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It happened again.

This time, tears welled in my eyes as I turned up the volume to watch a video of a brave survivor courageously sharing her story of being sexually assaulted by a Baptist pastor from my college town.

Anger filled me as I remembered how I had trusted this pastor to lead me in worship occasionally during those formative years. Fear crept in as I had the horrifying question asking if any other victims were out there.

Disgust came as the video ended and the survivor explained the church’s only response to this assault was eventually to allow the minister to resign months later and to pay for her to attend counseling.

The painful, tiring truth is that this awful incident is not isolated.

Report after report has shared that Baptists and free church people have a sexual assault problem. Local church governance leaves few formal mechanisms to respond when pastors abuse their power and their people.

For goodness’ sake, the Houston Chronicle had to create a database of abusers in the Southern Baptist Convention because no such database previously existed.

Progress has been made in recent efforts to address this problem through the Cooperative Baptist Fellowship and Baptist Women in Ministry. Yet, clergy sexual abuse is often covered up, ignored or forgotten when it occurs within the context of Baptist churches.

Survivors are often silenced, shamed or gaslit. Enough is enough. It is time for repentance.

Though I have spent my life learning, worshipping and growing in the Baptist tradition, I find myself at this moment ministering in one of our sibling denominations: the United Church of Christ, a free church covenantal people with roots in the German Evangelical and Reformed and Christian Congregationalist traditions.

Our denominations have much to learn from one another.

For instance, the UCC could have a fruitful interaction learning from the creativity and passion that Baptists bring to their Bible study and biblical preaching.

On the matter of clergy misconduct, however, Baptists could use a crash course in the covenantal free church governance that undergirds UCC life.

The United Church of Christ maintains a structure many might describe as “free church”: local churches voluntarily covenant with one another to form local associations, regional conferences and the national setting of the church.

Local congregations are free, as in Baptist life, to hire or fire whomever they perceive to be called to ministry for their context. No larger church body can ever tell a UCC congregation what to do.

The difference, however, comes in the covenant that emerges at the center of UCC life.

Every UCC church agrees to submit to Christ as the sole head of the church. With this understanding of Christ as head, churches then make covenant with each other to “listen, hear and carefully consider the advice, counsel and requests” of each other as we pray for one another and keep each other in Christian concern.

Because a local church holds and is held by their association and conference in covenantal concern, the larger bodies keep high standards for which clergy they will allow to have standing in our common life together.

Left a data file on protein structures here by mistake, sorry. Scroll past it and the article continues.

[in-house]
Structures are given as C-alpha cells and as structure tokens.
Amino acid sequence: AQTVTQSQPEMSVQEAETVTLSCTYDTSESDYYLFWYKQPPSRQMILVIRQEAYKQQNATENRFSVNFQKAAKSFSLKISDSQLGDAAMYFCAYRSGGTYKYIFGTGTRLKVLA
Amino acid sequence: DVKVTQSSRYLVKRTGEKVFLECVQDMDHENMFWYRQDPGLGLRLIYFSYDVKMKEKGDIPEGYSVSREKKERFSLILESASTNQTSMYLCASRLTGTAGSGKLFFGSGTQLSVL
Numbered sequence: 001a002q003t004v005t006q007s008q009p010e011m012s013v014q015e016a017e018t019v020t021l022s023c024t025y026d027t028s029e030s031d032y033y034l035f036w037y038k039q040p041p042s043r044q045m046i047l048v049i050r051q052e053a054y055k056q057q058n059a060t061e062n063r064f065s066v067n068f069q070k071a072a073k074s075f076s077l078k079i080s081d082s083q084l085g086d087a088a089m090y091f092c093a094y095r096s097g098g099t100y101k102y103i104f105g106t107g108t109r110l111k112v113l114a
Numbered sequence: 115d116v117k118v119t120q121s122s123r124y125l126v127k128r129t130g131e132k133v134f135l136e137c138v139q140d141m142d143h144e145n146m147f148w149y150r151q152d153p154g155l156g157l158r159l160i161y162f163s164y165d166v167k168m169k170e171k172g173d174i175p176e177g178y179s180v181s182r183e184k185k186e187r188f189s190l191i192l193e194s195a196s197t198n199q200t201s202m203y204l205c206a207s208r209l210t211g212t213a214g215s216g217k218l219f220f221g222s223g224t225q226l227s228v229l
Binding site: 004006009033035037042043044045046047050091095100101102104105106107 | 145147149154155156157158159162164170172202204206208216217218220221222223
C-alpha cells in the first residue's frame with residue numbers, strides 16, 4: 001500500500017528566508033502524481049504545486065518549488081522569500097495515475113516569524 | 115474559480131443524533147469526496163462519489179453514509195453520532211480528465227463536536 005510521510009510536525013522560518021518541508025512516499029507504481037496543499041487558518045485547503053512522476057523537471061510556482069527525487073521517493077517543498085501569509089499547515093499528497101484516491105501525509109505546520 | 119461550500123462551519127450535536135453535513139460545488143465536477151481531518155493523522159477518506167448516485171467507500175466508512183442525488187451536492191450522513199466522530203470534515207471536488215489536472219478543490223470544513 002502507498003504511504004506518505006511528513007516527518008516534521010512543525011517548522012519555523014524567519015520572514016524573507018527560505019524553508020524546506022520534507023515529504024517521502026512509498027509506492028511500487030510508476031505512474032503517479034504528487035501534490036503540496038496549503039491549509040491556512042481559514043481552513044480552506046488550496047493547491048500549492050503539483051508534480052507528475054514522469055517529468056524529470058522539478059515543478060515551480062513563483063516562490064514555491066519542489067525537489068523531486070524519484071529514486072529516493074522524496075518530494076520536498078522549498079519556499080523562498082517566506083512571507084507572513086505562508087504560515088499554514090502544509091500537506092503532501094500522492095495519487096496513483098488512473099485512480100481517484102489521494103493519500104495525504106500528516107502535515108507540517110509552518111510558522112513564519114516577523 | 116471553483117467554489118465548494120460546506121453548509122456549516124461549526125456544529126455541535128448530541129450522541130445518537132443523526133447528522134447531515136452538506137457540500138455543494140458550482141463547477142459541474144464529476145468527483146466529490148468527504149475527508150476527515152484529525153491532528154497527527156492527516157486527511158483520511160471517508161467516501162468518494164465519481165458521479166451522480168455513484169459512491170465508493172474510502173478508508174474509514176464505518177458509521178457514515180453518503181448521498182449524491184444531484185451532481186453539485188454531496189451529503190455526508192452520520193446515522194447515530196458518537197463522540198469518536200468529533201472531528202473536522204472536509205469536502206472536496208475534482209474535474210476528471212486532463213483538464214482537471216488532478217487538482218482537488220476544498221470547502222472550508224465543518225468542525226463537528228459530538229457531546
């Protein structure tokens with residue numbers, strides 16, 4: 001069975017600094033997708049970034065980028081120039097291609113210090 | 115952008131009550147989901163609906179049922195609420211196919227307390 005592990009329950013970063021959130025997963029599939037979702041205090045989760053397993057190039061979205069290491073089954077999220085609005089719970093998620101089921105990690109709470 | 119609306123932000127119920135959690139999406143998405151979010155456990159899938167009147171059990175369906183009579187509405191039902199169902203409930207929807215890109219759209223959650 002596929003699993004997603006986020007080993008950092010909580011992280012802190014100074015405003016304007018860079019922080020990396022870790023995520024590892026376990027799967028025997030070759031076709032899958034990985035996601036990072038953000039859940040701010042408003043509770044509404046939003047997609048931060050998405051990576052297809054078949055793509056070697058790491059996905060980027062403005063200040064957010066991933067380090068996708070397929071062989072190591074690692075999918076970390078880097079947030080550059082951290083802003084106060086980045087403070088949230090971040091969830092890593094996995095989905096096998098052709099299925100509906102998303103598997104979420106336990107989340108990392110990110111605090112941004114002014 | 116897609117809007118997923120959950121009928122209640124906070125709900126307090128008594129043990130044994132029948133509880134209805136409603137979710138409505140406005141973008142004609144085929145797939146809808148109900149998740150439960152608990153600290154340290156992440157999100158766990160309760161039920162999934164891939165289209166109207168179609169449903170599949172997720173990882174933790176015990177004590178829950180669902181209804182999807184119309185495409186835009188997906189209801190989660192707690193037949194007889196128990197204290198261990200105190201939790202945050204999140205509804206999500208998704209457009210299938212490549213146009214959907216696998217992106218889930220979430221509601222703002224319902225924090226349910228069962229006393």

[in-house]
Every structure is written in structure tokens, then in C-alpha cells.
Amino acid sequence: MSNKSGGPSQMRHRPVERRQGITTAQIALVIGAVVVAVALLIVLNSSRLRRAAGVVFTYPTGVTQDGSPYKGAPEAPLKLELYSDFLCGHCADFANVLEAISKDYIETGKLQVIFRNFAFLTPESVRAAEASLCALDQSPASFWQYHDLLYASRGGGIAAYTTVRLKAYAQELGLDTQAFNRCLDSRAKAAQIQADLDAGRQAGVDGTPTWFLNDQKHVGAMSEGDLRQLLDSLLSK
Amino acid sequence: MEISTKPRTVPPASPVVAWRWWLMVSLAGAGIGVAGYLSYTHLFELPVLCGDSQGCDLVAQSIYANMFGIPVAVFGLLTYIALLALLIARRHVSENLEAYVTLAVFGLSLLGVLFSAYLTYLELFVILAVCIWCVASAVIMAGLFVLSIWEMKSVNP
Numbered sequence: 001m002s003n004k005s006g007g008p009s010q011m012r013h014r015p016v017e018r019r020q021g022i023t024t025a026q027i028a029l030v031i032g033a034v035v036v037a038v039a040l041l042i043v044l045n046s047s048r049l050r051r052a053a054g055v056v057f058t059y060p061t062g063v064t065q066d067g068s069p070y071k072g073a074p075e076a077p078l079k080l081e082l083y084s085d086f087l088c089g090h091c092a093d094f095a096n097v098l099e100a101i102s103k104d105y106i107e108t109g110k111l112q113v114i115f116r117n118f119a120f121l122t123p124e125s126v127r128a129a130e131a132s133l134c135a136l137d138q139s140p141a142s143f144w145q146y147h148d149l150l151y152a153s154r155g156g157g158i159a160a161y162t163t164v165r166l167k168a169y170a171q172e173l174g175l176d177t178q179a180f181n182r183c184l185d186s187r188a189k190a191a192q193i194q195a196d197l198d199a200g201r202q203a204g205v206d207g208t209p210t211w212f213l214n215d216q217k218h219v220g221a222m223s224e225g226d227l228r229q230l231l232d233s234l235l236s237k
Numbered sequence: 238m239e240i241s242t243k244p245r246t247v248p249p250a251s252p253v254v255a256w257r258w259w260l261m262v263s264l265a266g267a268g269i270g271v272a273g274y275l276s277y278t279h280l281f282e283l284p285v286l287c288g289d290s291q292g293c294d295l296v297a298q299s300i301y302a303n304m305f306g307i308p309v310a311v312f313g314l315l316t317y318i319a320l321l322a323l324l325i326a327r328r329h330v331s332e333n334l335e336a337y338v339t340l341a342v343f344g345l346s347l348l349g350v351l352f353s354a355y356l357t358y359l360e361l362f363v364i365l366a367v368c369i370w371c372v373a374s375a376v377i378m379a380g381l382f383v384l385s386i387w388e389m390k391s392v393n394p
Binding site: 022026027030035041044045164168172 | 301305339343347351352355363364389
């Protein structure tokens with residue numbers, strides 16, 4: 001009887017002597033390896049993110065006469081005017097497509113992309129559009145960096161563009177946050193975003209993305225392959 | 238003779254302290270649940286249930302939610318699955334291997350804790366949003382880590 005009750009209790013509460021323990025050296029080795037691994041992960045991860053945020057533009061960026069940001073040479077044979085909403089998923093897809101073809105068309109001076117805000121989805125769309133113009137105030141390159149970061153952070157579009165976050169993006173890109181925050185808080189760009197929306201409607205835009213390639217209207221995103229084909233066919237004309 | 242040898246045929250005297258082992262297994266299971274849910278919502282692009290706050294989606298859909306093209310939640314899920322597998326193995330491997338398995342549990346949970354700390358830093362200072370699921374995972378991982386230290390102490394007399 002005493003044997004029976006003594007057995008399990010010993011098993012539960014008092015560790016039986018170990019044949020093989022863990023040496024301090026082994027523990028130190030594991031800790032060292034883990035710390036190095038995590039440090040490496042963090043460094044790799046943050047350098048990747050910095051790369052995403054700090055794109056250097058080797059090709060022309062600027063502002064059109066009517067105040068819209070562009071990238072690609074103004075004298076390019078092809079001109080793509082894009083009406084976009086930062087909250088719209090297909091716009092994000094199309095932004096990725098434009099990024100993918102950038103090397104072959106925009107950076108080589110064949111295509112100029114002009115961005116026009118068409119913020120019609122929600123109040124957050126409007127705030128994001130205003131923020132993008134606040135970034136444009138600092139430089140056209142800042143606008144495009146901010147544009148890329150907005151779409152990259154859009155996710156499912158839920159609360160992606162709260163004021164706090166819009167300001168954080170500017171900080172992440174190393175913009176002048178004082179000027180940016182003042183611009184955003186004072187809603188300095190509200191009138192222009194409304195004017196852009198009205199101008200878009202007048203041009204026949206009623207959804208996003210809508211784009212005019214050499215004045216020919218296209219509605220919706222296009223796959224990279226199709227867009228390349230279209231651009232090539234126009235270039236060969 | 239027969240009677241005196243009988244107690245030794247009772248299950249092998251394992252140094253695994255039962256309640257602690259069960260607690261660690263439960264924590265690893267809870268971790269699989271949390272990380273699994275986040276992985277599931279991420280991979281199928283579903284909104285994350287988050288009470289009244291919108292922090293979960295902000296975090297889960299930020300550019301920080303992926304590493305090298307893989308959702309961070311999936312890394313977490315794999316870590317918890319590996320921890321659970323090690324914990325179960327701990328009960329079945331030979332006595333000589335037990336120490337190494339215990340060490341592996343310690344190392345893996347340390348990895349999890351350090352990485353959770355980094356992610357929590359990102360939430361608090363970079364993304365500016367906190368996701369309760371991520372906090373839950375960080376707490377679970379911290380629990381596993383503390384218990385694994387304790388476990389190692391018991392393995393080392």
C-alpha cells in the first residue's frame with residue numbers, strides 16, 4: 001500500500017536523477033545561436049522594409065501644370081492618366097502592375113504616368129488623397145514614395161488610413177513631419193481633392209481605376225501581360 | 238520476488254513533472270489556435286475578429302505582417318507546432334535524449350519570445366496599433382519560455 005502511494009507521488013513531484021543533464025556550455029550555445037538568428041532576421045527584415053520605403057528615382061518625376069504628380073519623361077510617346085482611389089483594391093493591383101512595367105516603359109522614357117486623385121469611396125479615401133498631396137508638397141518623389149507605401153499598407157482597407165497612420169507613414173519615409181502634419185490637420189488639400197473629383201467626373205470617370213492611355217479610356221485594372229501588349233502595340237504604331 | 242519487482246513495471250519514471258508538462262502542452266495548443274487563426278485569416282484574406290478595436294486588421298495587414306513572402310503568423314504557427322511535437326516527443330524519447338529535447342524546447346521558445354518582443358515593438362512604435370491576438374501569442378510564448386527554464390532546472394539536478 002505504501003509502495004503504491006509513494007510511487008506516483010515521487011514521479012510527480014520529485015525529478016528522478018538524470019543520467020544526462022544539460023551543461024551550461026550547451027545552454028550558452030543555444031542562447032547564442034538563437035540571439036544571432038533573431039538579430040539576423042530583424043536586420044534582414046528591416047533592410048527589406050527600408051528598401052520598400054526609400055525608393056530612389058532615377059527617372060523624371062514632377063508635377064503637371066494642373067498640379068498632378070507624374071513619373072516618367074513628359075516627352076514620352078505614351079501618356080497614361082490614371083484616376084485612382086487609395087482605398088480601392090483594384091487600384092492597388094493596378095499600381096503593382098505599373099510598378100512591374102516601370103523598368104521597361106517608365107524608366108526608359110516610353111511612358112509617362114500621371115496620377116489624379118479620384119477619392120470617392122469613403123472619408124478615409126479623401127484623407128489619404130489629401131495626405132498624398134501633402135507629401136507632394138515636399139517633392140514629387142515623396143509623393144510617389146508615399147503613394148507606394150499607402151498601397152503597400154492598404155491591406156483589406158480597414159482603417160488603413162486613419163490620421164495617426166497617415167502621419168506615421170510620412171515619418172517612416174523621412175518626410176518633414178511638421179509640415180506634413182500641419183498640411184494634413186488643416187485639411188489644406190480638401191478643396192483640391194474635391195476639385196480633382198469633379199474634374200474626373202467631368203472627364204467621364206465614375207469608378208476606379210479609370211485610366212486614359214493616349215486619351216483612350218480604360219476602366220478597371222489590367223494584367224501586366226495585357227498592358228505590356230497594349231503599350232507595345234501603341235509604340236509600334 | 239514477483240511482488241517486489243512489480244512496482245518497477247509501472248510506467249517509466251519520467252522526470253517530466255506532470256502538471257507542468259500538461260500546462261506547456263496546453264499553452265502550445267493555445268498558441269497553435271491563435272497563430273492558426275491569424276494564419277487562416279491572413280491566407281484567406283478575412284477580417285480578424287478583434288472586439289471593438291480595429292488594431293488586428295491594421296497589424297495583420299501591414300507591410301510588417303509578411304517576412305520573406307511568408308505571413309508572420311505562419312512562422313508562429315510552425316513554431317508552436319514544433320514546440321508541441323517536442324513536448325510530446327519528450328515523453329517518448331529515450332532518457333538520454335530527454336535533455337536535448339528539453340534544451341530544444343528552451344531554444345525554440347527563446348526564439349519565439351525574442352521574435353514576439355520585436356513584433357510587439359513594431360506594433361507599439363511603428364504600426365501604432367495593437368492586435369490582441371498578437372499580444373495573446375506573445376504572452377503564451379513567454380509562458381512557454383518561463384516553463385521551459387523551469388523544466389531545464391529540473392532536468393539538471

While a local UCC church can hire anyone they wish as a minister, that minister must have authorized ministerial standing to represent, speak to or make covenant with any other expression of the larger UCC.

Therefore, local associations combine the gifts of the people in their churches to create a “committee on ministry,” which examines candidates for licensed and ordained ministry and holds these ministers accountable as they live into their God-given vocation.

For a minister to have standing in the UCC, they will need a background check, a continually renewed class in boundary training, a psychological evaluation and the recommendation of the committee on ministry and the delegates of their local association.

Once the minister has received standing in the larger church, the local congregation steps in and ordains their minister by their own process. Clergy are given a code by which to live, a set of “marks” they aim to achieve and covenantal relationships to help them on their journey.

Should a legal or ethical lapse occur, the association or conference then has the power to discipline or defrock the minister. The association then can begin helping the congregation walk through the ensuing stages of acknowledgement, grief, transition, and if needed, termination and prosecution.

The autonomy of the local church is maintained, while the covenants and care that the congregation has been a part of creating can help them through the darkest hours of their shared life together.

No church expects ever to go through this painful experience. No survivor ever expects to have been so deeply betrayed and hurt.

This pain is only exasperated when a Baptist free church governance is exploited to protect the aggressor and silence a survivor.

There is a way forward, though, in freedom and covenantal love for one another.

We can choose to do the hard work of not just building a “lone ranger” church in the wilderness but maintaining our freedom as we pursue a covenanted care for one another.

God will be with us as we work for better churches, where all people can worship, learn, grow and serve safely.

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